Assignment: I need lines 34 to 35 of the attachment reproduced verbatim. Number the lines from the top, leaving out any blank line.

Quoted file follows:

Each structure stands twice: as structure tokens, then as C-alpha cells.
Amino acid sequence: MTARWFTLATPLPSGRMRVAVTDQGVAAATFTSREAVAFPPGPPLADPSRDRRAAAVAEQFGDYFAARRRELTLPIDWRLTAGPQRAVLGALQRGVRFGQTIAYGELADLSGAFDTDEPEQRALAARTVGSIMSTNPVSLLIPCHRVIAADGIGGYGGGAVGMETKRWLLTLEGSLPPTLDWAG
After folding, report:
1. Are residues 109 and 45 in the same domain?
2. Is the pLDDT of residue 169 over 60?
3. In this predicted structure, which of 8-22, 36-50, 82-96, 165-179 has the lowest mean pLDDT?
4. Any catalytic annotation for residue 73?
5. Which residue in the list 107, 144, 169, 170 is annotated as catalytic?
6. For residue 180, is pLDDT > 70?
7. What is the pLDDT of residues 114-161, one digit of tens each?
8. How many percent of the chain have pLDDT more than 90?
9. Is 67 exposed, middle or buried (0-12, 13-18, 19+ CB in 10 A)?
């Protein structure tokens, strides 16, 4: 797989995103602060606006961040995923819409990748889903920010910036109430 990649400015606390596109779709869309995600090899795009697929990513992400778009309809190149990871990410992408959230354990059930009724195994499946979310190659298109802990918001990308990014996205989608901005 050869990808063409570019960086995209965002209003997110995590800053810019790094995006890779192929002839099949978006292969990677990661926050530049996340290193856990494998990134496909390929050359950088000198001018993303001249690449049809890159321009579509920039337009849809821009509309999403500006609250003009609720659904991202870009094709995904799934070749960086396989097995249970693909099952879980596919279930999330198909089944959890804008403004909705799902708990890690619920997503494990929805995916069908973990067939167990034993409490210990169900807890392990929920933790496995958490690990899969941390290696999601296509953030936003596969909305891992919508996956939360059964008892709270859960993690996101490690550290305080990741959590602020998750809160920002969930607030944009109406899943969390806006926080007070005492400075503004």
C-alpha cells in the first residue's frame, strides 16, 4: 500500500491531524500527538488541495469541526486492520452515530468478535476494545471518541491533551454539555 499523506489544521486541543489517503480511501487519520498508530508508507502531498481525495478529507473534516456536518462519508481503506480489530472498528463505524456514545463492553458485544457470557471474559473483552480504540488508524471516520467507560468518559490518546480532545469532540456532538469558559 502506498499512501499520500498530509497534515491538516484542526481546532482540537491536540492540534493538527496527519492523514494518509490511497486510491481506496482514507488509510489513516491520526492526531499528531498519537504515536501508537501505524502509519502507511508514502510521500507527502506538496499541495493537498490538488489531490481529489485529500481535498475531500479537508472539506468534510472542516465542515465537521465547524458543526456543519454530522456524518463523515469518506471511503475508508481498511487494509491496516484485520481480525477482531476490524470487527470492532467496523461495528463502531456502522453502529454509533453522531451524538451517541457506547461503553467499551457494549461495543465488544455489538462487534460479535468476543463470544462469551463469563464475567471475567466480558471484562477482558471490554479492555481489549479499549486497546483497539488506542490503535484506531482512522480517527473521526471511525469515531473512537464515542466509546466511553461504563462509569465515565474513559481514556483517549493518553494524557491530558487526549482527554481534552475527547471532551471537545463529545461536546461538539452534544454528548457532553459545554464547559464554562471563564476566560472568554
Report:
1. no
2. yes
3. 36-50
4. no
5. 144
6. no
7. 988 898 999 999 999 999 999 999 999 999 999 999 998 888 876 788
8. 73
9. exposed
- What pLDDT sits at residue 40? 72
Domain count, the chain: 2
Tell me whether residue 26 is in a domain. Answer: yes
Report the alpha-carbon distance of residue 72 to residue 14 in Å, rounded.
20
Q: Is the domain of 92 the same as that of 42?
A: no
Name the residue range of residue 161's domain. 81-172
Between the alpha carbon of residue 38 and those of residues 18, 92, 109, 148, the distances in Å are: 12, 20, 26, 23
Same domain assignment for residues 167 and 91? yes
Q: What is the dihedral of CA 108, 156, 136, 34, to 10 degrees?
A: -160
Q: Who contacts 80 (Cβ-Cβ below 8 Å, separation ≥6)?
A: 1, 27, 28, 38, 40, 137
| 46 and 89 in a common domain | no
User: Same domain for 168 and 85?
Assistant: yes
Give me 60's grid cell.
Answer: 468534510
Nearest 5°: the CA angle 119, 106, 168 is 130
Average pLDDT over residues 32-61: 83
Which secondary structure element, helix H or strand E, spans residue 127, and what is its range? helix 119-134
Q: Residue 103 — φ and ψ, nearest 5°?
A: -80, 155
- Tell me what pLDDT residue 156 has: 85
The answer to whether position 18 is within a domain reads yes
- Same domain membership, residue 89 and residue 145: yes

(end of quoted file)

Same domain assignment for residues 167 and 91? yes
Q: What is the dihedral of CA 108, 156, 136, 34, to 10 degrees?